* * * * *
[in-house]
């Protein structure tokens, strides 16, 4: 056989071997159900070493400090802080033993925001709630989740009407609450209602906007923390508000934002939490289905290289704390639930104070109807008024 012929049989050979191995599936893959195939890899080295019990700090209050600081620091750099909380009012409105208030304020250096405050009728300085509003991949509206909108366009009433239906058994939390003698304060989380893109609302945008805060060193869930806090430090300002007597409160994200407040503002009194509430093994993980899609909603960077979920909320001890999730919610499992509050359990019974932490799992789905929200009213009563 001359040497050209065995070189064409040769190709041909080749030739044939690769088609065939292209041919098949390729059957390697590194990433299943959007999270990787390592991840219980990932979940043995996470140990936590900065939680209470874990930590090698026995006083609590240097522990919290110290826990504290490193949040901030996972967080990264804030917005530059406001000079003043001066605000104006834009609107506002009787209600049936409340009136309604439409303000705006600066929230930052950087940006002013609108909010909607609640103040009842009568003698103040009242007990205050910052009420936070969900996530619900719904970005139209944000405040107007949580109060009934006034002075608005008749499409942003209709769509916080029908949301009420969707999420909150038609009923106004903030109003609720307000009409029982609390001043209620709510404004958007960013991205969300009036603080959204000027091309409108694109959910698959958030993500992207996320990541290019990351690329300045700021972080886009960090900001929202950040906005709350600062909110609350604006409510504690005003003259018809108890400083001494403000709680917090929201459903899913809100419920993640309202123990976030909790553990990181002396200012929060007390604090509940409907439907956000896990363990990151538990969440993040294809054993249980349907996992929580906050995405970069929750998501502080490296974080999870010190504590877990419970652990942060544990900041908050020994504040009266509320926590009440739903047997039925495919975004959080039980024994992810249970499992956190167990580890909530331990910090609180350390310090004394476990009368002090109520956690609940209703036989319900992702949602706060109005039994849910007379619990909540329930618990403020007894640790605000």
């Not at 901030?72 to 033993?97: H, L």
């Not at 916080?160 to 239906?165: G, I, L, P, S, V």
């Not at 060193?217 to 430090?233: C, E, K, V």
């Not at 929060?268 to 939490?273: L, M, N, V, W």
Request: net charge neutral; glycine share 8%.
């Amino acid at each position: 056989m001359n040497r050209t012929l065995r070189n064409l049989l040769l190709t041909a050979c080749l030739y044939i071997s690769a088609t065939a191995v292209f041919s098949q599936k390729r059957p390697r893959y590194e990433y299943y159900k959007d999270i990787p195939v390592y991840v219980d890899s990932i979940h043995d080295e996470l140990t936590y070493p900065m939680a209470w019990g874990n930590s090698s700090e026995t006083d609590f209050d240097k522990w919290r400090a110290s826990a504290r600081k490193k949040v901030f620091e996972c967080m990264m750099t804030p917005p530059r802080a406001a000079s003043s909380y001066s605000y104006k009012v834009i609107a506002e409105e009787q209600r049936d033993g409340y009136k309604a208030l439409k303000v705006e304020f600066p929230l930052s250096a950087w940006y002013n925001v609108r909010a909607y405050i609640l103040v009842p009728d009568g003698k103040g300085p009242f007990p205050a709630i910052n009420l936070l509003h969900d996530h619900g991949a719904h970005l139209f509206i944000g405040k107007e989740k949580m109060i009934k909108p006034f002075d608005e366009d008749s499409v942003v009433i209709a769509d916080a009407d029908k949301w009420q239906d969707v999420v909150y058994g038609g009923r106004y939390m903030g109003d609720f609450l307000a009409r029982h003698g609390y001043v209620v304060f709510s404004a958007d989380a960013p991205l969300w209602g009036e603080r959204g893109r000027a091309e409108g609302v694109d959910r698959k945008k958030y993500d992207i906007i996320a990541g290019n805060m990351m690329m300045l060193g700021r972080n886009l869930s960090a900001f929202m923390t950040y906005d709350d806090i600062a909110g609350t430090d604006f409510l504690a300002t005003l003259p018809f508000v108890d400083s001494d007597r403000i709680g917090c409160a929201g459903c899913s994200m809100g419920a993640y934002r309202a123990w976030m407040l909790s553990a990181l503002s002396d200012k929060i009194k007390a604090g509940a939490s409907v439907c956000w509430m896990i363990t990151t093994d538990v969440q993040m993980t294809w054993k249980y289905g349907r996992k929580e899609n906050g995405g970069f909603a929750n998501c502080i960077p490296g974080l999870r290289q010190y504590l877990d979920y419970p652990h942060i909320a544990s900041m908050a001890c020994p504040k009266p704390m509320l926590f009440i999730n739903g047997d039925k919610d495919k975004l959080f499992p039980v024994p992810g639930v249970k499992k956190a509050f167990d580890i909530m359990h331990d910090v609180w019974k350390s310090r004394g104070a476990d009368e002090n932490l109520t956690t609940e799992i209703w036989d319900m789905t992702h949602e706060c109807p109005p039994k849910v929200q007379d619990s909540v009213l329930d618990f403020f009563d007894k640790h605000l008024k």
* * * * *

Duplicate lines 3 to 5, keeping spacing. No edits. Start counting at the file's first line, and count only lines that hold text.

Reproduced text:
């Not at 901030?72 to 033993?97: H, L």
């Not at 916080?160 to 239906?165: G, I, L, P, S, V």
């Not at 060193?217 to 430090?233: C, E, K, V």